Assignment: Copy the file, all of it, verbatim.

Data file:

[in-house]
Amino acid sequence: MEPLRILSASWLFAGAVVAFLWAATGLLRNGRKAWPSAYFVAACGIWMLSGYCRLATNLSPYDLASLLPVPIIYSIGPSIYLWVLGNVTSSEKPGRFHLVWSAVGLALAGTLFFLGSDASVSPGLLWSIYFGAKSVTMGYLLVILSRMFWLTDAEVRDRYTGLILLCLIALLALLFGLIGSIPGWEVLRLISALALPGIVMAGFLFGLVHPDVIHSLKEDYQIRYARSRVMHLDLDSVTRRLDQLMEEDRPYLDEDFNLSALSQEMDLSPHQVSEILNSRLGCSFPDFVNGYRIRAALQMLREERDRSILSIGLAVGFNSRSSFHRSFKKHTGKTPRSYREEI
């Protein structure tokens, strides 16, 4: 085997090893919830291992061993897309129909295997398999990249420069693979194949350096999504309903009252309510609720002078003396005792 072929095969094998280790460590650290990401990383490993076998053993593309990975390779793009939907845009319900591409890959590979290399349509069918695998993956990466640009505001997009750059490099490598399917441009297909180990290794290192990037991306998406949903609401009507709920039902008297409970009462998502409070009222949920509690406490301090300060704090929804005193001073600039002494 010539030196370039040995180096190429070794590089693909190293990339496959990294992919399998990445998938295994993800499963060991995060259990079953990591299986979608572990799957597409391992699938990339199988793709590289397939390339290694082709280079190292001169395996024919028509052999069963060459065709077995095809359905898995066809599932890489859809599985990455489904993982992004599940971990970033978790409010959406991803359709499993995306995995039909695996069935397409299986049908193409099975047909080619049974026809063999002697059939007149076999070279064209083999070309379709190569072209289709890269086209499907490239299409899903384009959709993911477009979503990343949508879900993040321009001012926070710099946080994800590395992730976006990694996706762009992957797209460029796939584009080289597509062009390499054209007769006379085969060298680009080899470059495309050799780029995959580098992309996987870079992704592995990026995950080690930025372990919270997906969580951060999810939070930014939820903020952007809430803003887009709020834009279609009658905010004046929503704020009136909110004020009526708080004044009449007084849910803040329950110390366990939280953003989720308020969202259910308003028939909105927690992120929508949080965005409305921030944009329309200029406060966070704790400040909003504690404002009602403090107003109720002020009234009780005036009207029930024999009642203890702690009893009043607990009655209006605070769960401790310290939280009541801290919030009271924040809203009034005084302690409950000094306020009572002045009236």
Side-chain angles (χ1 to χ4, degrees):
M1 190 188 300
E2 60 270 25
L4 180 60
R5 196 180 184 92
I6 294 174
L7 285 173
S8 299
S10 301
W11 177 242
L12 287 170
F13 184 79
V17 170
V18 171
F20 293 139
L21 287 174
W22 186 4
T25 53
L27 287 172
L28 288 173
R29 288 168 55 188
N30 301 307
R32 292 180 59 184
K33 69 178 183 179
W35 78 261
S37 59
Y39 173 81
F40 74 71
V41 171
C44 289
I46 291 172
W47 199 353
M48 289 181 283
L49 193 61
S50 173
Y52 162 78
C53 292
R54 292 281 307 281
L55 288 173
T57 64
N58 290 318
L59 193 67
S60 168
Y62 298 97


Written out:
[in-house]
Amino acid sequence: MEPLRILSASWLFAGAVVAFLWAATGLLRNGRKAWPSAYFVAACGIWMLSGYCRLATNLSPYDLASLLPVPIIYSIGPSIYLWVLGNVTSSEKPGRFHLVWSAVGLALAGTLFFLGSDASVSPGLLWSIYFGAKSVTMGYLLVILSRMFWLTDAEVRDRYTGLILLCLIALLALLFGLIGSIPGWEVLRLISALALPGIVMAGFLFGLVHPDVIHSLKEDYQIRYARSRVMHLDLDSVTRRLDQLMEEDRPYLDEDFNLSALSQEMDLSPHQVSEILNSRLGCSFPDFVNGYRIRAALQMLREERDRSILSIGLAVGFNSRSSFHRSFKKHTGKTPRSYREEI
């Protein structure tokens, strides 16, 4: 085997090893919830291992061993897309129909295997398999990249420069693979194949350096999504309903009252309510609720002078003396005792 072929095969094998280790460590650290990401990383490993076998053993593309990975390779793009939907845009319900591409890959590979290399349509069918695998993956990466640009505001997009750059490099490598399917441009297909180990290794290192990037991306998406949903609401009507709920039902008297409970009462998502409070009222949920509690406490301090300060704090929804005193001073600039002494 010539030196370039040995180096190429070794590089693909190293990339496959990294992919399998990445998938295994993800499963060991995060259990079953990591299986979608572990799957597409391992699938990339199988793709590289397939390339290694082709280079190292001169395996024919028509052999069963060459065709077995095809359905898995066809599932890489859809599985990455489904993982992004599940971990970033978790409010959406991803359709499993995306995995039909695996069935397409299986049908193409099975047909080619049974026809063999002697059939007149076999070279064209083999070309379709190569072209289709890269086209499907490239299409899903384009959709993911477009979503990343949508879900993040321009001012926070710099946080994800590395992730976006990694996706762009992957797209460029796939584009080289597509062009390499054209007769006379085969060298680009080899470059495309050799780029995959580098992309996987870079992704592995990026995950080690930025372990919270997906969580951060999810939070930014939820903020952007809430803003887009709020834009279609009658905010004046929503704020009136909110004020009526708080004044009449007084849910803040329950110390366990939280953003989720308020969202259910308003028939909105927690992120929508949080965005409305921030944009329309200029406060966070704790400040909003504690404002009602403090107003109720002020009234009780005036009207029930024999009642203890702690009893009043607990009655209006605070769960401790310290939280009541801290919030009271924040809203009034005084302690409950000094306020009572002045009236």
Side-chain angles (χ1 to χ4, degrees):
M1 190 188 300
E2 60 270 25
L4 180 60
R5 196 180 184 92
I6 294 174
L7 285 173
S8 299
S10 301
W11 177 242
L12 287 170
F13 184 79
V17 170
V18 171
F20 293 139
L21 287 174
W22 186 4
T25 53
L27 287 172
L28 288 173
R29 288 168 55 188
N30 301 307
R32 292 180 59 184
K33 69 178 183 179
W35 78 261
S37 59
Y39 173 81
F40 74 71
V41 171
C44 289
I46 291 172
W47 199 353
M48 289 181 283
L49 193 61
S50 173
Y52 162 78
C53 292
R54 292 281 307 281
L55 288 173
T57 64
N58 290 318
L59 193 67
S60 168
Y62 298 97